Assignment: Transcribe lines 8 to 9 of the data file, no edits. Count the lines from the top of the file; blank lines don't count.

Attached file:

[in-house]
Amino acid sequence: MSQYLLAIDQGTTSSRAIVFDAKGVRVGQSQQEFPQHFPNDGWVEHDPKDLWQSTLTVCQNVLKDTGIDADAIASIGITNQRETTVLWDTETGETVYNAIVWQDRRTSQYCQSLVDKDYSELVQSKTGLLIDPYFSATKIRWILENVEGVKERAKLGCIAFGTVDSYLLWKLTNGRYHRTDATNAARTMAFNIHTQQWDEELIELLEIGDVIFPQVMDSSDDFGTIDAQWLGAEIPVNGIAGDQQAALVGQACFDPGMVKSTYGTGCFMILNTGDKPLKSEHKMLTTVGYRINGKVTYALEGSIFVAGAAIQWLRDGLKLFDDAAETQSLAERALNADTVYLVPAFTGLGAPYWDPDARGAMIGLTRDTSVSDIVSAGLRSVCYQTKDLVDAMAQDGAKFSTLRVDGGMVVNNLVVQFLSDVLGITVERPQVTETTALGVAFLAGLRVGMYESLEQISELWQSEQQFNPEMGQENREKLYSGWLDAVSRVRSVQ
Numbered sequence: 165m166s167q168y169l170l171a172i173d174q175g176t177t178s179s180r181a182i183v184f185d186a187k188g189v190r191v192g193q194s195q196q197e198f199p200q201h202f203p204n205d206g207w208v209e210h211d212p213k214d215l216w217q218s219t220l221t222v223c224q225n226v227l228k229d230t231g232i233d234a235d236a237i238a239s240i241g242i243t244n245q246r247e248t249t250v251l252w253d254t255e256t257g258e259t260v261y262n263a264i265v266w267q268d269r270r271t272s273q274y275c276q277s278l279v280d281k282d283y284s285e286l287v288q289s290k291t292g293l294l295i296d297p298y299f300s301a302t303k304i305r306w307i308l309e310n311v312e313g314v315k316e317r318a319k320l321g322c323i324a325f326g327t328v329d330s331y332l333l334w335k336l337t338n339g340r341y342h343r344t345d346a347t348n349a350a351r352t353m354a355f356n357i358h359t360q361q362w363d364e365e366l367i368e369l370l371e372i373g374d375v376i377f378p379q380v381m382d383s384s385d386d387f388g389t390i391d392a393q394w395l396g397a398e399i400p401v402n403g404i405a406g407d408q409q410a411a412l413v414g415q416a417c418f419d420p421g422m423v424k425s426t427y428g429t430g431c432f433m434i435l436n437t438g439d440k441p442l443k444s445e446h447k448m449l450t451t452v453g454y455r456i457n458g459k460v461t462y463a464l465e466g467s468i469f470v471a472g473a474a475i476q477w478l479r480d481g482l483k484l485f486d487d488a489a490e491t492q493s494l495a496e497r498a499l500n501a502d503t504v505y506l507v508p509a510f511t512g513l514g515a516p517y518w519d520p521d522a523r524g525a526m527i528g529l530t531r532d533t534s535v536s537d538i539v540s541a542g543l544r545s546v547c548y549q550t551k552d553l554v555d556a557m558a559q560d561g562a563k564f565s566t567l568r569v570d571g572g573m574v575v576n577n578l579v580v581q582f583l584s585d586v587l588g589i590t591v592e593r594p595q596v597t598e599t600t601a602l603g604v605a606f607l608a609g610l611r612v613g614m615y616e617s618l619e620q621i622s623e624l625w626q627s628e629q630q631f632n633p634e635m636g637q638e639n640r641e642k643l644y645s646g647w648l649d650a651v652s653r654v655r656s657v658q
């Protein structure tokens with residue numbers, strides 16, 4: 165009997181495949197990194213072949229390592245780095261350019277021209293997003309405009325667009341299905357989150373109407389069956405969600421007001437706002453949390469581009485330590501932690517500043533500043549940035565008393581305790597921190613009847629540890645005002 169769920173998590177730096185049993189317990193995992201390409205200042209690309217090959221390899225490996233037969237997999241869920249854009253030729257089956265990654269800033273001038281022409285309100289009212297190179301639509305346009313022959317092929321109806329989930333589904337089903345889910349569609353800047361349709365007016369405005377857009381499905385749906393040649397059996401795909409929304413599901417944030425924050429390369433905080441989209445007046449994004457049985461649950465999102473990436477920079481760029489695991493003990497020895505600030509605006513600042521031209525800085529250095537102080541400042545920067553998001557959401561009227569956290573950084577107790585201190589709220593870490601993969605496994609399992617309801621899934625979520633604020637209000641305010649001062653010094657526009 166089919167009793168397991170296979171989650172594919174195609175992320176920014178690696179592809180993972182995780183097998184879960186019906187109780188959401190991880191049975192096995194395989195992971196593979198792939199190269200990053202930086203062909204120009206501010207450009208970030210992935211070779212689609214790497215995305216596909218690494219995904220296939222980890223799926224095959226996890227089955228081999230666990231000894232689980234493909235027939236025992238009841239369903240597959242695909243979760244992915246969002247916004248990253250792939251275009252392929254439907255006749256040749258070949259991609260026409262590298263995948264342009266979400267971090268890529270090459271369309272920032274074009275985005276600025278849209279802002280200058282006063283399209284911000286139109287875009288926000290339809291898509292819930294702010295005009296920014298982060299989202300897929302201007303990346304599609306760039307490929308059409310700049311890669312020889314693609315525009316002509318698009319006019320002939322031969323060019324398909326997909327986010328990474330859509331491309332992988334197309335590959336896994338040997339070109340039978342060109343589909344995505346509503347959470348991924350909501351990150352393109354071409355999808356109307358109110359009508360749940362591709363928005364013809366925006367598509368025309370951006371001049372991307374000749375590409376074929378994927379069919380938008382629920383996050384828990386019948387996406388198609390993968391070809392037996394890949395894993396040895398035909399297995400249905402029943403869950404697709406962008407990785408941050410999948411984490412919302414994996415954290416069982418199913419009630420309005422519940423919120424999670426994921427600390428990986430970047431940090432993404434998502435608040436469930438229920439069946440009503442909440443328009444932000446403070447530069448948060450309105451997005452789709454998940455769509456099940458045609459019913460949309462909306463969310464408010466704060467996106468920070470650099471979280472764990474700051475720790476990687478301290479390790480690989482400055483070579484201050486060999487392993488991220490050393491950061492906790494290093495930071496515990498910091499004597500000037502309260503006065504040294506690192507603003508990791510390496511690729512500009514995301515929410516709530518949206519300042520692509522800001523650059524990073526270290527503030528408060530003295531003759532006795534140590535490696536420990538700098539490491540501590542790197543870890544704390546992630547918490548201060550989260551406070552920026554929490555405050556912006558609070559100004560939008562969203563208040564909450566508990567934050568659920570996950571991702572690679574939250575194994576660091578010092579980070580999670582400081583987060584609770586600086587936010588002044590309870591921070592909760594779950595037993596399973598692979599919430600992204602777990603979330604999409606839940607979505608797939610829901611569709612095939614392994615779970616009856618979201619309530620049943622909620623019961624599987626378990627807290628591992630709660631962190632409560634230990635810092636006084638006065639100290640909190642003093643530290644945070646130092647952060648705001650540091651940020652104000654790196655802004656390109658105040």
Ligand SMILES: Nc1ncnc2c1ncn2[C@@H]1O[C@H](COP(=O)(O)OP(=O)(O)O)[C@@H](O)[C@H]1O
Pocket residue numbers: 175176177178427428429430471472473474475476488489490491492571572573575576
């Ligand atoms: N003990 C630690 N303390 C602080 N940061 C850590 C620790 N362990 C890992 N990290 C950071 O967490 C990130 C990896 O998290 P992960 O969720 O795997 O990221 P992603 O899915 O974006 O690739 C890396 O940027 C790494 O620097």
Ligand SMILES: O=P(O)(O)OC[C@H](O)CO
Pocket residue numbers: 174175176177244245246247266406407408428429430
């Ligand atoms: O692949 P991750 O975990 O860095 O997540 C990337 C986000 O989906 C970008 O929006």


Ligand SMILES: O=P(O)(O)OC[C@H](O)CO
Pocket residue numbers: 174175176177244245246247266406407408428429430